Champion runner's troubled path through addiction

- The track at 6th Street and the FDR Drive is Frank Schiro's home away from home. Now 63, Frank is a masters champion in the 200, 400, 4 x 200 relay, 4 x 400 relay and sprint medley, having owned at one time six world records.

But despite all the success on the track, Frank has suffered greatly from a disconnection off of it. Of his 51 years running, almost all have been spent battling alcohol and drug addiction.

So where did this life long battle with addiction begin? Frank begrudgingly refers to his childhood in Chatham, New Jersey, when his 17 year old brother Nicholas, his protector, was killed in a car accident. Frank was only 12.

Whatever the reason, Frank was a user. But still went on to have stellar track career at Chatham High School, setting records and garnering some 25 scholarship offers. Places like Princeton and Cornell wanted him. But Frank didn't want them. Instead of going to college, Frank decided to be a landscaper and do drugs.

Frank's decision had devastating effects. After committing robberies to support his habit Frank spent four months behind bars in 1997. When he got out it was right back to drugs and an overdose. Twice he was given last rites. But Frank battled back. Cleaned himself up and amazingly, became a drug counselor and had 15 years of sobriety.

But according Robert Budsock, president and CEO of Integrity House, the rehab facility in Newark visited by President Obama in November, Frank's leadership was just not enough to keep him running in the right direction.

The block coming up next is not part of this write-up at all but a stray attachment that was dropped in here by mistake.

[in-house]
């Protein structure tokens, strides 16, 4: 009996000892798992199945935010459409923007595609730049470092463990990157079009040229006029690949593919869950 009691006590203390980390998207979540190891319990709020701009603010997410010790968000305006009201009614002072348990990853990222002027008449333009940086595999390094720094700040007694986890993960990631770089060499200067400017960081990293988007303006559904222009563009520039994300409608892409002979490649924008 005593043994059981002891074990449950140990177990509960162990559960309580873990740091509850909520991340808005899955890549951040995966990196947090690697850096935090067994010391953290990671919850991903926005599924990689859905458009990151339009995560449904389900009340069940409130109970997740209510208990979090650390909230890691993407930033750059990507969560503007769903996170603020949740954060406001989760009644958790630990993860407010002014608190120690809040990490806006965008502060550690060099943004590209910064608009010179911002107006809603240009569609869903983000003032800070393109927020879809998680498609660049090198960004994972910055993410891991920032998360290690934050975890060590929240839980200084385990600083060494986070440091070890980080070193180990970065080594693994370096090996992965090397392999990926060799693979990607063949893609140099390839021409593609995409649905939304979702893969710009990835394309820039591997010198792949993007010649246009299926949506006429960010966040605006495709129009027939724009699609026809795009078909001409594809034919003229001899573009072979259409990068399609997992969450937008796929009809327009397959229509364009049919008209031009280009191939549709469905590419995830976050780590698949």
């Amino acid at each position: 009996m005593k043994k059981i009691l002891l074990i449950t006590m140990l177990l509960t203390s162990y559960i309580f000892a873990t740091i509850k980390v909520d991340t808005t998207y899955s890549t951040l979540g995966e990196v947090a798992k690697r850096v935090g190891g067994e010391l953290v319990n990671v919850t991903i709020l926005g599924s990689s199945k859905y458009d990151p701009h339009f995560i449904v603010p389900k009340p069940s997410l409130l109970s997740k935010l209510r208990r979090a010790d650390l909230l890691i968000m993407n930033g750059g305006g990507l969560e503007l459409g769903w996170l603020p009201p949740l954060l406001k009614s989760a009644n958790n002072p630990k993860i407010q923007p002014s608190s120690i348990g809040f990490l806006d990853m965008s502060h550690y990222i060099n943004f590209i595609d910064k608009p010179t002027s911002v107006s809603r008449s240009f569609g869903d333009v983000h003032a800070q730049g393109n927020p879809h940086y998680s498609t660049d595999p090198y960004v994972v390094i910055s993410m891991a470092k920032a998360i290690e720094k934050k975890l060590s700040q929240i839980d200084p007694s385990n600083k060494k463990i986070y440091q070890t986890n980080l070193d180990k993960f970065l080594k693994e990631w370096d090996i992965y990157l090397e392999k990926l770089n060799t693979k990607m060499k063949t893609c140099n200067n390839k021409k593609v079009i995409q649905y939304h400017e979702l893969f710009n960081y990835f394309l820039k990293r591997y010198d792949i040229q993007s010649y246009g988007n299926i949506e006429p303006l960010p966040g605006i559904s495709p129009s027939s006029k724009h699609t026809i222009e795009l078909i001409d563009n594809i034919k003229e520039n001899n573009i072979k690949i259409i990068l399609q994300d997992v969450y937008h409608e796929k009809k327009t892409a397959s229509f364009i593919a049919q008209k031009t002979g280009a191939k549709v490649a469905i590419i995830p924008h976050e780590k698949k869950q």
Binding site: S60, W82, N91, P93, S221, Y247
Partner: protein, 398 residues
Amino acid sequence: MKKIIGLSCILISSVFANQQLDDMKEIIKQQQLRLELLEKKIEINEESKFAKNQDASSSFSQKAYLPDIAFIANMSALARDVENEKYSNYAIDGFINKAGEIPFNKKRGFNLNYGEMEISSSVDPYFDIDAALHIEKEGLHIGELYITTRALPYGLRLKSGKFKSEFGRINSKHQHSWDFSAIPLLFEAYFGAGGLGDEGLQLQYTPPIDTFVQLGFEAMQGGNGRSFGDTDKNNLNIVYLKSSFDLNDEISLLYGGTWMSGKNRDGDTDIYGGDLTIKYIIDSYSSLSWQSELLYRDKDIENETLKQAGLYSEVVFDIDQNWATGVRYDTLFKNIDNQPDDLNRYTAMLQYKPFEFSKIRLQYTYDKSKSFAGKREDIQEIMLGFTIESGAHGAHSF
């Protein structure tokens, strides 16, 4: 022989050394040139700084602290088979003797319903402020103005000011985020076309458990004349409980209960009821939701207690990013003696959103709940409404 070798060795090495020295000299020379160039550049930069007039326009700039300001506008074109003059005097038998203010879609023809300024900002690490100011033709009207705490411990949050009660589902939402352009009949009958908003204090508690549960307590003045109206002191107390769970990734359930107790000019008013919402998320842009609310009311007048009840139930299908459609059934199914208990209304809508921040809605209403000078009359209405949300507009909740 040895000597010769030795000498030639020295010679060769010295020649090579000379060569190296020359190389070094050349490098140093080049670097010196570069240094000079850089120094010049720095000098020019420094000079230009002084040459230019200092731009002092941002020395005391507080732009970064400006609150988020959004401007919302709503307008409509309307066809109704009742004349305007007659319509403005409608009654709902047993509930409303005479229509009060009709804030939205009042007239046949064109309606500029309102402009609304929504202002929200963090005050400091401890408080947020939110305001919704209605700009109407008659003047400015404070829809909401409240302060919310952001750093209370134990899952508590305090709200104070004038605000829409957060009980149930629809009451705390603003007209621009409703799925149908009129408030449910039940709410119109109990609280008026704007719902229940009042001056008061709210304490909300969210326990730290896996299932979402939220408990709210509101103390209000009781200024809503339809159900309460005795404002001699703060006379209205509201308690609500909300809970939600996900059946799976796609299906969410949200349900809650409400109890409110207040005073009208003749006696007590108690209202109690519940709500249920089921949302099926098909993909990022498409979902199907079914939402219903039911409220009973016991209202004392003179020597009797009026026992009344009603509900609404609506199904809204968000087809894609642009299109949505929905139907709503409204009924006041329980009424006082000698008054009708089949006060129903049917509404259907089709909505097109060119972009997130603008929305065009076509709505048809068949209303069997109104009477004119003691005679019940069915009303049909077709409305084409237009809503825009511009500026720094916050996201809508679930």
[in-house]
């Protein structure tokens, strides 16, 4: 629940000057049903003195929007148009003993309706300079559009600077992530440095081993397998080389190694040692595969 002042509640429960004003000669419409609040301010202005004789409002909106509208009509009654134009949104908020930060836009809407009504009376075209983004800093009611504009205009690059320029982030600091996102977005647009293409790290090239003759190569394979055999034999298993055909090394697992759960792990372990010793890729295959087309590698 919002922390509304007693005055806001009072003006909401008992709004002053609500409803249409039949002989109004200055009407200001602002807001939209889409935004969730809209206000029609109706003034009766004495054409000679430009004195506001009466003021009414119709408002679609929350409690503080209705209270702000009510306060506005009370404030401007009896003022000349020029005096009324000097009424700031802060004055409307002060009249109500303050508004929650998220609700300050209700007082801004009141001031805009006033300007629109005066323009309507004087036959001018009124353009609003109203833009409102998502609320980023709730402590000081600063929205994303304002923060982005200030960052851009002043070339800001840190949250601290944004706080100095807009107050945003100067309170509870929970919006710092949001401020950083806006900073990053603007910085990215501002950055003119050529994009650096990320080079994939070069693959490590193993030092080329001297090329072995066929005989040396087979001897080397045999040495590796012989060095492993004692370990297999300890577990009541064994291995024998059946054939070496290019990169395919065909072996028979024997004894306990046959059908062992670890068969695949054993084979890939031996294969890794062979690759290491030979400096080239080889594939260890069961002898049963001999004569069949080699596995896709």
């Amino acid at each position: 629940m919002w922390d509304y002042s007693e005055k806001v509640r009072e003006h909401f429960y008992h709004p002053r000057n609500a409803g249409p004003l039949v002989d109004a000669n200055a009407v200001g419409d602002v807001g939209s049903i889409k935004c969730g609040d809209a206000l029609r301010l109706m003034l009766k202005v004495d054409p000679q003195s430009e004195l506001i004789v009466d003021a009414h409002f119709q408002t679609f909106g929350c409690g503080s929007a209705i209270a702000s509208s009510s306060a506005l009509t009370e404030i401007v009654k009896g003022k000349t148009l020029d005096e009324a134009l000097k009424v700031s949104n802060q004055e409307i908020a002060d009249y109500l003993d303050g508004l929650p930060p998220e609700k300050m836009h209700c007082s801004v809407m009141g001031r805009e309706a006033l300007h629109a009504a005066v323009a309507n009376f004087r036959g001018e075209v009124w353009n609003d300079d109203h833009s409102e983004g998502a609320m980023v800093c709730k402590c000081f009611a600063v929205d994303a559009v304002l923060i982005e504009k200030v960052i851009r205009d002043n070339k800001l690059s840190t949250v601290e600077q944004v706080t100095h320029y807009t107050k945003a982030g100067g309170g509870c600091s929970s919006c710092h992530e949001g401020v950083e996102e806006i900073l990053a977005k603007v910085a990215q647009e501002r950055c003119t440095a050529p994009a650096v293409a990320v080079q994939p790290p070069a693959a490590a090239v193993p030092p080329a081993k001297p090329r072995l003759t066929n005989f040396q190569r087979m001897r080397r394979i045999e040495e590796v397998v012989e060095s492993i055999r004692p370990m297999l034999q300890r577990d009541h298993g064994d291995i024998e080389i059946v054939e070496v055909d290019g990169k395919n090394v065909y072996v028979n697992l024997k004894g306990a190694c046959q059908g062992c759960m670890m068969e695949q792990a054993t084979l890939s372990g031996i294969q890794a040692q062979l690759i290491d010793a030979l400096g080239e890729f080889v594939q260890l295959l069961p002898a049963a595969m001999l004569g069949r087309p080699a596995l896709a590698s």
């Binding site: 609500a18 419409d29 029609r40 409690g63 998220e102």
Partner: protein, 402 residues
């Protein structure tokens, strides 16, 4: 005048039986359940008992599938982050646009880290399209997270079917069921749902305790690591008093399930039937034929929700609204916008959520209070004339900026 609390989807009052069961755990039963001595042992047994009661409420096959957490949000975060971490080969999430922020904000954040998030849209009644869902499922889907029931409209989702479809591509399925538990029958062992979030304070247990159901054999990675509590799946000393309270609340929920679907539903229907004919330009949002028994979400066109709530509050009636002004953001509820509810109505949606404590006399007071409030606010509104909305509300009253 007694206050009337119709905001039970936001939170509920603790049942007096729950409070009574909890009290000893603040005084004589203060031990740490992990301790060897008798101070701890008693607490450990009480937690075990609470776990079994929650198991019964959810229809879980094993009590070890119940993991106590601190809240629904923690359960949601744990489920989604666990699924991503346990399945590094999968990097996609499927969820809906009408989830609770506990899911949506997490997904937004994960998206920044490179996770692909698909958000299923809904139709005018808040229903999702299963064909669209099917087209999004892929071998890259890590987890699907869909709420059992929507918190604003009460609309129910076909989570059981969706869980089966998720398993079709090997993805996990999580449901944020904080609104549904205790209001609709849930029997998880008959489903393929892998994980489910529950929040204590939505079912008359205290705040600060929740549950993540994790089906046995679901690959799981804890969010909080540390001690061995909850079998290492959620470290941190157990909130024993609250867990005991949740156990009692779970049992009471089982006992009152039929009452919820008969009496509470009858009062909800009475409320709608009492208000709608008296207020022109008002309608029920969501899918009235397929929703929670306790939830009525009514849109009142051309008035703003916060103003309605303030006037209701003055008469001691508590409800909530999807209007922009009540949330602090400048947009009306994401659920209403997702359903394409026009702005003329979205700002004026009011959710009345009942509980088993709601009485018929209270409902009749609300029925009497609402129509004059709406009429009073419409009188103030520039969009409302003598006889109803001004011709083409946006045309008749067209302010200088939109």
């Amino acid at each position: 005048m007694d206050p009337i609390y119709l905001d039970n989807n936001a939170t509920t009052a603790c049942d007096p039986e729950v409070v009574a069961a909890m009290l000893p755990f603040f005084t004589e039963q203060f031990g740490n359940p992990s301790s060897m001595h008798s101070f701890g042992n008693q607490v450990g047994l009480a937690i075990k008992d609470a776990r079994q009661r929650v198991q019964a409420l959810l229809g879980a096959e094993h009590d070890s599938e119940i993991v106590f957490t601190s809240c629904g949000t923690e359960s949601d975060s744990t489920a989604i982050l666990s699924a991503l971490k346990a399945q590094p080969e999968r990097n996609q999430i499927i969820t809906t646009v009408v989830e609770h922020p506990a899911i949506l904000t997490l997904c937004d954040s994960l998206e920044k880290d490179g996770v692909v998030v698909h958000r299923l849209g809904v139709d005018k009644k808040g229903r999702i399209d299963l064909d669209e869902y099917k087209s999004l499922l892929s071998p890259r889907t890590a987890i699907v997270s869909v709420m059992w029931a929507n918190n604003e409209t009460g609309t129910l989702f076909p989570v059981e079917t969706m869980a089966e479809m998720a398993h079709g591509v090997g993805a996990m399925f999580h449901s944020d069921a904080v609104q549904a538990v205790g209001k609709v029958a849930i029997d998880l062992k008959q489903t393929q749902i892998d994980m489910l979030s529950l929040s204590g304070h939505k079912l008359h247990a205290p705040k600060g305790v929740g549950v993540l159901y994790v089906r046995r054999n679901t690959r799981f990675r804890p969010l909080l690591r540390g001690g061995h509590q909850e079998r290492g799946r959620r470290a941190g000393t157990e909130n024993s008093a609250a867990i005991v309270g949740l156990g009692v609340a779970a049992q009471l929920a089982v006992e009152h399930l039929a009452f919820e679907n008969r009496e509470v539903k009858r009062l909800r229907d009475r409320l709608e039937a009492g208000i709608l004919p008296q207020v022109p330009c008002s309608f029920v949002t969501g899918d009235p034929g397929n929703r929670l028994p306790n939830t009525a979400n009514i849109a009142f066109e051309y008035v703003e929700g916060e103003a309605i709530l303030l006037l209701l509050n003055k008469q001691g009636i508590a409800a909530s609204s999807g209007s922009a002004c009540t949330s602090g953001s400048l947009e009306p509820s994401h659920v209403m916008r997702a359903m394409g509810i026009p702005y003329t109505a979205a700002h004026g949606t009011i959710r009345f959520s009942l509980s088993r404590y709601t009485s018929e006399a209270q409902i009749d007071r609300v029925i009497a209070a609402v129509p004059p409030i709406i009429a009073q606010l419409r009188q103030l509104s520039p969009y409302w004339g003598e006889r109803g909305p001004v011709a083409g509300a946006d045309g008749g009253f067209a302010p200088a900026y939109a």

Frank's story reads like a Hollywood script -- one of triumph and despair. Running taking him to the top, drugs and alcohol sending him crashing down to the bottom.

As for those negative consequences of addiction, Frank suffered the worst this past June. Because of a drug deal gone wrong and an ensuing fight, he was given a four-month sentence in Rikers Island.

Fortunately, right now Frank is out of the pit. But can he stay out? Maybe. With a new understanding. For the time being, though, Frank appears to have found himself. And with his running is headed in the right direction.

As those in recovery say, one day at a time.

Right now, Frank is training other runners, from the elite to beginners. And he's also in training himself for what he hopes will be success at the historic Penn Relays in April, a meet where he has already won two gold medals.

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